What would be the difference between a fault tolerant and robust design?
The most important difference is that robustness takes into account external factors. A more robust system will function in spite of some conditions that would impair the normal function of a less robust system. More robust systems might be referred to as sturdy, heavy-duty, perhaps even overbuilt; less robust systems might be referred to as delicate or fine-tuned.
For example, I own an antique watch. It works very well under normal operating conditions but its parts are somewhat delicate. If I drop it on the ground, the glass and/or some internal components of the watch are very likely to break (based on experience, I'm afraid). If I put it through the washing machine, the soapy water is very likely to rust and corrode some internal components. I could dent or scratch the metal case without a great deal of effort; although this probably wouldn't affect the mechanical function of the watch, it would certainly impair its aesthetic function.
In comparison, most modern watches wouldn't stop functioning if you dropped them from your wrist or pocket. Their windows may be acrylic, mineral crystal or sapphire, any of which is more durable than the glass in my pocket watch. Their cases may use a harder metal or polymer that resists dents and scratches better than my pocket watch. They can be designed to be waterproof. They can use quartz movements.
These are all qualities that make a watch more robust, but not more fault-tolerant. None of the failures I described above are really the fault of the watch or its components; they are caused entirely by user error. Unlike robustness, fault-tolerance is concerned with faults that are expected to occur, especially within components of the system.
A ground fault circuit interrupter (GFCI) is a great example of fault-tolerant design. A ground fault occurs when the current in a circuit is allowed to flow directly to the ground. The classic example involves using a hair dryer in the bathtub, but there are many ways ground faults can occur that don't involve user error.* A residential electrical system is usually in place for decades; we do expect that at some point, ground faults are expected to occur, and except in cases of user error,** they occur within the components of the system.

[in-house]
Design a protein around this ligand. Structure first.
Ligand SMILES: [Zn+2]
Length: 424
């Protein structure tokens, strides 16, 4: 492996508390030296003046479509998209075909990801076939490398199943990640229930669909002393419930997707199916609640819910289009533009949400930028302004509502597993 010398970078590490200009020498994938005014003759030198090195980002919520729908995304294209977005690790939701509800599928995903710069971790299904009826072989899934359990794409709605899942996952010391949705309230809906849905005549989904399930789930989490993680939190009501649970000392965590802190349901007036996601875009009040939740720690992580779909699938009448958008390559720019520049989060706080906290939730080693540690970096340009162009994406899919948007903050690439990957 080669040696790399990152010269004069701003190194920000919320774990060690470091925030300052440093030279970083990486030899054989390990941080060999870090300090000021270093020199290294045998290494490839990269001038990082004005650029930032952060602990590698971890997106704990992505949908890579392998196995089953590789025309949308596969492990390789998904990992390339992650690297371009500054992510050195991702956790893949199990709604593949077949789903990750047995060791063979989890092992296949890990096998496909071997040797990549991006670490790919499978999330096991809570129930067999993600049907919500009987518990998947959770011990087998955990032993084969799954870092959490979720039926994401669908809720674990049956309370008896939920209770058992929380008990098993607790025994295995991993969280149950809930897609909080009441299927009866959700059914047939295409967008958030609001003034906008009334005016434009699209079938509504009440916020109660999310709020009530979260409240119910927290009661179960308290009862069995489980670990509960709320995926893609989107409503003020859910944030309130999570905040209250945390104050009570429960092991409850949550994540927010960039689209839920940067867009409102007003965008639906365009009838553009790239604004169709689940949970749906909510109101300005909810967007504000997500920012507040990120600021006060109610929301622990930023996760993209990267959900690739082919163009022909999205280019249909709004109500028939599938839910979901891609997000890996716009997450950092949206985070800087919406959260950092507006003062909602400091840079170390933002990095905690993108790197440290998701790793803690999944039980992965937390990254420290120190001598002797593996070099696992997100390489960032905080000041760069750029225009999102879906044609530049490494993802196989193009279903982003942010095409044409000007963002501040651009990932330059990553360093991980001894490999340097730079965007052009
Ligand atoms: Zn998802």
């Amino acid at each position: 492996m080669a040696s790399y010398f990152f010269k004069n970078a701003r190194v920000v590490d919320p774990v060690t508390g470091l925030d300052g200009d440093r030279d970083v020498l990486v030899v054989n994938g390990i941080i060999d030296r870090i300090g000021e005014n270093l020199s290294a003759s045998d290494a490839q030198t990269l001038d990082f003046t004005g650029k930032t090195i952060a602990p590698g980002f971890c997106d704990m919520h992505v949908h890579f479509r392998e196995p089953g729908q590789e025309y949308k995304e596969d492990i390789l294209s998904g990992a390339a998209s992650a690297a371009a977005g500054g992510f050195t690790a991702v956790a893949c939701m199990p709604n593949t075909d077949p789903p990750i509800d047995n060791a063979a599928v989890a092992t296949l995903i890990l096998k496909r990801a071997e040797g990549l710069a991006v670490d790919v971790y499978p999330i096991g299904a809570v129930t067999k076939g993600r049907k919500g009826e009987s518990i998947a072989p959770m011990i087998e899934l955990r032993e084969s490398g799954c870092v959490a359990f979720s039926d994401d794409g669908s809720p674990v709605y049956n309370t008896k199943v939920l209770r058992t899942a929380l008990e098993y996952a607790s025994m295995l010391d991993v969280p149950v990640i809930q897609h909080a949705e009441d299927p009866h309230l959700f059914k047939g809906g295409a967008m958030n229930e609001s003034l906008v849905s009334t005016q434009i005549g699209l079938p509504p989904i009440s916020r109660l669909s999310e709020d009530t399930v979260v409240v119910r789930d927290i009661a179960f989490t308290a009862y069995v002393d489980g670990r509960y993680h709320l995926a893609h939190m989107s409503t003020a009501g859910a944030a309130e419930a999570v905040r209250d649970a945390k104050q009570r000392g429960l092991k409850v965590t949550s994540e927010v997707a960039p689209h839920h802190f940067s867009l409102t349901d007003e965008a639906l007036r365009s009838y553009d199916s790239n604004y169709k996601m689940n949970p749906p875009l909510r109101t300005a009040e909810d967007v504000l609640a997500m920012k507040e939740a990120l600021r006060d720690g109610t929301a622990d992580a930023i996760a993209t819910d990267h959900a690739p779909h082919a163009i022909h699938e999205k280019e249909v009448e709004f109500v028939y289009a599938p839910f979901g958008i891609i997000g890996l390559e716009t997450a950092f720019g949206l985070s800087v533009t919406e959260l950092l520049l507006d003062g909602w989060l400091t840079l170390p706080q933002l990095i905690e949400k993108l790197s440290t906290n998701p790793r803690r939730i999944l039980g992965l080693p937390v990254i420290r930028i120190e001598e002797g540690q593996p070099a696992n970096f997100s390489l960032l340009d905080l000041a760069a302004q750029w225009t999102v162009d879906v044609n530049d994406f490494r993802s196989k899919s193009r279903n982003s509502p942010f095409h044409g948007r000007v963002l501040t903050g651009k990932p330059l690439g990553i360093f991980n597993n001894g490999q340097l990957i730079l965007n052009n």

If the circuit runs directly from a main line, a ground fault can seriously threaten life and property. With the addition of a fuse on the circuit, if a ground fault causes the current in the circuit to exceed some upper limit (overload), the fuse burns out and current stops before anything important melts or catches fire. Circuit breakers do the same thing but unlike fuses, they don't have to be replaced when they're triggered; they can be reset at the electrical panel, which can mean less downtime and expense. GFCI circuit breakers additionally protect against leakage, which involves smaller currents that can still be dangerous even if they wouldn't melt a conductor or start a fire. These technologies make the system increasingly more fault-tolerant.
Which techniques or design principles are applied to ensure a fault tolerant design, and which are applied to ensure a robust design?